As a team we always encourage our students to enhance their skills while studying for their History degree with us, and one way we do this is by offering them opportunities to work with some of our external partners. In this post, we demonstrate how this is undertaken in one second year core module, ‘Working with the Past, co-ordinated by Dr Mike Esbester.
As part of their studies during their History degree, our students have worked with a range of local and international institutions, including the Mary Rose Museum, Lloyd’s Register Foundation, the D-Day Story archive, Hong Kong Baptist University, and Pompey History Society, and have undertaken a wide variety of interesting projects over the years.
One of our second year core modules, ‘Working with the Past’, is set up to specifically foster this type of collaboration. In the module we demonstrate how the practice of academic history can be transferred and applied to a vast range of practical projects that involve thinking about, working with, or drawing-upon knowledge and understanding of the past (you’ll find blogs on some of these projects elsewhere on this site).
This year, one group of students have been working with Portsmouth Museum and Art Gallery on their new # exhibition. Having taken inspiration from the Heritage Crafts ‘Red List of Endangered Crafts’, the Museum will hold an exhibition that highlights the objects that are held in its collections that represent traditional crafts that are at risk of disappearing. This disappearance, the Museum notes on its website, “is due to the individuals holding the knowledge and skills being unable to make provision to pass them on to the next generation”.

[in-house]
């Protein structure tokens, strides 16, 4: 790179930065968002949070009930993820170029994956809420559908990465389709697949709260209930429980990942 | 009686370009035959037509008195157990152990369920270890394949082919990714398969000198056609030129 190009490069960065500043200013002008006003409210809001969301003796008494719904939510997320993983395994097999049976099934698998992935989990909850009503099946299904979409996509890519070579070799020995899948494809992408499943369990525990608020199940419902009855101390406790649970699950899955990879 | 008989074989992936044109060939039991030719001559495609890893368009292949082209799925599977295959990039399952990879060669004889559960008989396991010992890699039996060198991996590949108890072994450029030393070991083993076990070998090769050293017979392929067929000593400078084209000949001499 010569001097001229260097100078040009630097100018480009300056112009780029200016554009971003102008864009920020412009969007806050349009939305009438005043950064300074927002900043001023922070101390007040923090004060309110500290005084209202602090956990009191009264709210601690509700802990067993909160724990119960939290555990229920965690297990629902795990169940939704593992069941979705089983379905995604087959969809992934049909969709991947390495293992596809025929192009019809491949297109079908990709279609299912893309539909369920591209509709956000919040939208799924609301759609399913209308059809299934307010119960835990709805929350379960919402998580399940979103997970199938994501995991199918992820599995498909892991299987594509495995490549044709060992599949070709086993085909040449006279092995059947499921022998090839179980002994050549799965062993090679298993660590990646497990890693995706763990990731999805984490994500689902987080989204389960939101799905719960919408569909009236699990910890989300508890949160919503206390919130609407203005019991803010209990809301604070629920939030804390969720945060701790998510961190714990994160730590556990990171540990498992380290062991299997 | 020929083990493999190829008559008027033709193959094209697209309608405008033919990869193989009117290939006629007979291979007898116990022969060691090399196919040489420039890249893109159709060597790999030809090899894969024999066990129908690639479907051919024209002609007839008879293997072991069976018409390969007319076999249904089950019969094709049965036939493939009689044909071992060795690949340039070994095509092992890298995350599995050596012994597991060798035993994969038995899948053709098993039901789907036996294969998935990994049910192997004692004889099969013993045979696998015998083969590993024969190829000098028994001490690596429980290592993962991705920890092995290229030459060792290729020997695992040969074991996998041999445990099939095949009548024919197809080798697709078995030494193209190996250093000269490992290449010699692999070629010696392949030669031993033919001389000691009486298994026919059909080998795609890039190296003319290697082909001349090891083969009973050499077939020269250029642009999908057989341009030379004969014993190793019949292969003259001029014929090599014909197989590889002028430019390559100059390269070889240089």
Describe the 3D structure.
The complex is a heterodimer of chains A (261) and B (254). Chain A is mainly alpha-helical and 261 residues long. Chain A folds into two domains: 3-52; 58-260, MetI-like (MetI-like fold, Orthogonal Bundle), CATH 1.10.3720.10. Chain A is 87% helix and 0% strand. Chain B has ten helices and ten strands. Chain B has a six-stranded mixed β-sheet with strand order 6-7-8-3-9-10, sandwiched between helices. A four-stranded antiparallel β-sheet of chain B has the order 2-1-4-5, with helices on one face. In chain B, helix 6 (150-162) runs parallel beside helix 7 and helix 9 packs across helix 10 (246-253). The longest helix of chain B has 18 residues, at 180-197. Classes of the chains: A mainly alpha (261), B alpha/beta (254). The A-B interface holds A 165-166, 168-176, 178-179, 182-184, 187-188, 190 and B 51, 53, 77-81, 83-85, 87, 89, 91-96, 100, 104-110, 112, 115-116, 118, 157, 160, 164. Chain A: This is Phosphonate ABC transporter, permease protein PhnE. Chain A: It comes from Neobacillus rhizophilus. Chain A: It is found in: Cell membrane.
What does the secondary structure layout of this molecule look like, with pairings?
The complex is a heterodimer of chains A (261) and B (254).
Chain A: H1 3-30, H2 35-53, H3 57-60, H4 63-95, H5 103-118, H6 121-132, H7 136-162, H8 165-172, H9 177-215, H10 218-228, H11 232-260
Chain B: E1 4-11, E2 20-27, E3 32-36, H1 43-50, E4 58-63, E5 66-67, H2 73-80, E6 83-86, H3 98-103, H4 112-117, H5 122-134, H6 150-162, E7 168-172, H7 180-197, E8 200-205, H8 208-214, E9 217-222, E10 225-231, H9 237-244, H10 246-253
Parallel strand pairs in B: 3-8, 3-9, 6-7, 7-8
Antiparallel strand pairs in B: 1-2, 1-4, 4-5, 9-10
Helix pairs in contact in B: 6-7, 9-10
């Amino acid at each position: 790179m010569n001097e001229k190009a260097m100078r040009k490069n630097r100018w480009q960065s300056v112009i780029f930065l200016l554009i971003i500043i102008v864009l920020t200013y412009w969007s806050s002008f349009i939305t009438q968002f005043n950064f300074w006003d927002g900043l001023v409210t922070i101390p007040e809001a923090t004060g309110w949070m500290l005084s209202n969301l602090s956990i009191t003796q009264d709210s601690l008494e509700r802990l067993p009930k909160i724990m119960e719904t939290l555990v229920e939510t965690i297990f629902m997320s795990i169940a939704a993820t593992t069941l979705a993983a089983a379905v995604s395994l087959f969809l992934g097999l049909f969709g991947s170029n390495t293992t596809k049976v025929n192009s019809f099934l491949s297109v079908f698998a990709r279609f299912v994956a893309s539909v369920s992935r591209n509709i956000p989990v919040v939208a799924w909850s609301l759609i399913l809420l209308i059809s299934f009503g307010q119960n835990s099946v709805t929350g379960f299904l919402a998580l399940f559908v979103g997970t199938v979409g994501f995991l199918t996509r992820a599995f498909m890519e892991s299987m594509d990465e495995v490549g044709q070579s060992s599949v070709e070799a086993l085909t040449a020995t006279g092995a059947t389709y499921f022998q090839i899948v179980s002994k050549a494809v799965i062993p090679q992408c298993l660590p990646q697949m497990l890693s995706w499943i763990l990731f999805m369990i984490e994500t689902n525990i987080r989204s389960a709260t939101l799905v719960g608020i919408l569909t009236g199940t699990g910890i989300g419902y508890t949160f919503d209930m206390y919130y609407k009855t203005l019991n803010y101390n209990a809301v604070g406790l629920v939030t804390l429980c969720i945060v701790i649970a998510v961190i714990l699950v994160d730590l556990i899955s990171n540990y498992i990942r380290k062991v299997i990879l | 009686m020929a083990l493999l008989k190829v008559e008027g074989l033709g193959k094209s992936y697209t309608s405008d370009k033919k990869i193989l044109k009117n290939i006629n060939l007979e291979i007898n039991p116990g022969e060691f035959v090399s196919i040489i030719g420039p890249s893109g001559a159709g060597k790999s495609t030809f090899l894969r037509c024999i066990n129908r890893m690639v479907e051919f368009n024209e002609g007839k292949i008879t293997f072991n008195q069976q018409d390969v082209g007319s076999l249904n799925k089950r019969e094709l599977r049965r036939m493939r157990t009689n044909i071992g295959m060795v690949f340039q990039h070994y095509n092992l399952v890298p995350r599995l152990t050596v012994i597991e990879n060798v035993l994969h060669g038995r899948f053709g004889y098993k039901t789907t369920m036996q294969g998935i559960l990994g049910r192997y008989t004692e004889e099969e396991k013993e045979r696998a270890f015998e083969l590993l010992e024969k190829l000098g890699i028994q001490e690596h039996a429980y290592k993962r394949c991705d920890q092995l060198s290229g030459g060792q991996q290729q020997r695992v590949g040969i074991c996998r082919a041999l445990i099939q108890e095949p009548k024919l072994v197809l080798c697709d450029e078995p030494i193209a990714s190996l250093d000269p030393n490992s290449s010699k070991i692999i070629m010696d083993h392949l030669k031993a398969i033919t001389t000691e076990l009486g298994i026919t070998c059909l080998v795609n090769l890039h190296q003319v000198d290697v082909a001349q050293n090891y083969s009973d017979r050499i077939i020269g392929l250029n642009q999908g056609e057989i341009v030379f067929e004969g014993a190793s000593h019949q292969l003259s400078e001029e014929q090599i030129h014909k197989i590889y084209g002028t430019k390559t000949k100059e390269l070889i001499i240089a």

Our students, Chanel, Gemma and Loraya, in collaboration with Museum staff and under the supervision of our Dr Maria Cannon, have held a Twitter takeover (on 11 May 2023), put together a research panel (coming soon!) and recorded a podcast, which is published on the Museum’s website. To hear the podcast, go to the Portsmouth Museum and Art Gallery website here.